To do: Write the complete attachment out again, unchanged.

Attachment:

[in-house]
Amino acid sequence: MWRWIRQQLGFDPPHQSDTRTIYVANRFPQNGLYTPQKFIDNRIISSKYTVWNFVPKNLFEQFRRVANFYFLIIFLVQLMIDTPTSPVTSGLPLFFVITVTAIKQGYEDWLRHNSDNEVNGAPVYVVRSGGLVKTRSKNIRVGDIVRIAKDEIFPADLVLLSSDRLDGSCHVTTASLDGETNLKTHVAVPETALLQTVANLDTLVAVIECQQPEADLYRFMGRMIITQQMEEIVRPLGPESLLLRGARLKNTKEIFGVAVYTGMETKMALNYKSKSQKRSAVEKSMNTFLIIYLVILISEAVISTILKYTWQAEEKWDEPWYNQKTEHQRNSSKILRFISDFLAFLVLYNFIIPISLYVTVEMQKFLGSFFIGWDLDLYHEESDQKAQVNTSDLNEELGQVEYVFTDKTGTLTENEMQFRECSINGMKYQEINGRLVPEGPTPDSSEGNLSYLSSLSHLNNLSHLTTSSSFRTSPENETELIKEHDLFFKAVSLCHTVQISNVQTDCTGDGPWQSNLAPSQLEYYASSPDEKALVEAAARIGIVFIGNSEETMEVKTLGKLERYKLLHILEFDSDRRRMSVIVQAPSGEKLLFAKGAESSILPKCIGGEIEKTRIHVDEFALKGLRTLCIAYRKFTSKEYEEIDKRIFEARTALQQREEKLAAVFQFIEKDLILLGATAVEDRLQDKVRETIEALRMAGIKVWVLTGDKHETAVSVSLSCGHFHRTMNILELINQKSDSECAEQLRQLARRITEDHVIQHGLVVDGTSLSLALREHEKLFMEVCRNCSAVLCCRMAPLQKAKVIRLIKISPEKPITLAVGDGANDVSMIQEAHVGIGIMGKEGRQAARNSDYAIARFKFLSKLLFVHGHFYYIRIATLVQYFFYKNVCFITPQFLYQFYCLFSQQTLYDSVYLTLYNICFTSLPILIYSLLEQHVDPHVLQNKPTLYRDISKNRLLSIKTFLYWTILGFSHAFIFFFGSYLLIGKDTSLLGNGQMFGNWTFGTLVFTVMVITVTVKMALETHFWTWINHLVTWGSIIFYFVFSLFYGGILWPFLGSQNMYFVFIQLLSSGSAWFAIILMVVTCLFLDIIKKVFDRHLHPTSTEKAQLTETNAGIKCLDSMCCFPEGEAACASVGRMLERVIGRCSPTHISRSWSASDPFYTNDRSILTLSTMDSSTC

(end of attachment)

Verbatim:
[in-house]
Amino acid sequence: MWRWIRQQLGFDPPHQSDTRTIYVANRFPQNGLYTPQKFIDNRIISSKYTVWNFVPKNLFEQFRRVANFYFLIIFLVQLMIDTPTSPVTSGLPLFFVITVTAIKQGYEDWLRHNSDNEVNGAPVYVVRSGGLVKTRSKNIRVGDIVRIAKDEIFPADLVLLSSDRLDGSCHVTTASLDGETNLKTHVAVPETALLQTVANLDTLVAVIECQQPEADLYRFMGRMIITQQMEEIVRPLGPESLLLRGARLKNTKEIFGVAVYTGMETKMALNYKSKSQKRSAVEKSMNTFLIIYLVILISEAVISTILKYTWQAEEKWDEPWYNQKTEHQRNSSKILRFISDFLAFLVLYNFIIPISLYVTVEMQKFLGSFFIGWDLDLYHEESDQKAQVNTSDLNEELGQVEYVFTDKTGTLTENEMQFRECSINGMKYQEINGRLVPEGPTPDSSEGNLSYLSSLSHLNNLSHLTTSSSFRTSPENETELIKEHDLFFKAVSLCHTVQISNVQTDCTGDGPWQSNLAPSQLEYYASSPDEKALVEAAARIGIVFIGNSEETMEVKTLGKLERYKLLHILEFDSDRRRMSVIVQAPSGEKLLFAKGAESSILPKCIGGEIEKTRIHVDEFALKGLRTLCIAYRKFTSKEYEEIDKRIFEARTALQQREEKLAAVFQFIEKDLILLGATAVEDRLQDKVRETIEALRMAGIKVWVLTGDKHETAVSVSLSCGHFHRTMNILELINQKSDSECAEQLRQLARRITEDHVIQHGLVVDGTSLSLALREHEKLFMEVCRNCSAVLCCRMAPLQKAKVIRLIKISPEKPITLAVGDGANDVSMIQEAHVGIGIMGKEGRQAARNSDYAIARFKFLSKLLFVHGHFYYIRIATLVQYFFYKNVCFITPQFLYQFYCLFSQQTLYDSVYLTLYNICFTSLPILIYSLLEQHVDPHVLQNKPTLYRDISKNRLLSIKTFLYWTILGFSHAFIFFFGSYLLIGKDTSLLGNGQMFGNWTFGTLVFTVMVITVTVKMALETHFWTWINHLVTWGSIIFYFVFSLFYGGILWPFLGSQNMYFVFIQLLSSGSAWFAIILMVVTCLFLDIIKKVFDRHLHPTSTEKAQLTETNAGIKCLDSMCCFPEGEAACASVGRMLERVIGRCSPTHISRSWSASDPFYTNDRSILTLSTMDSSTC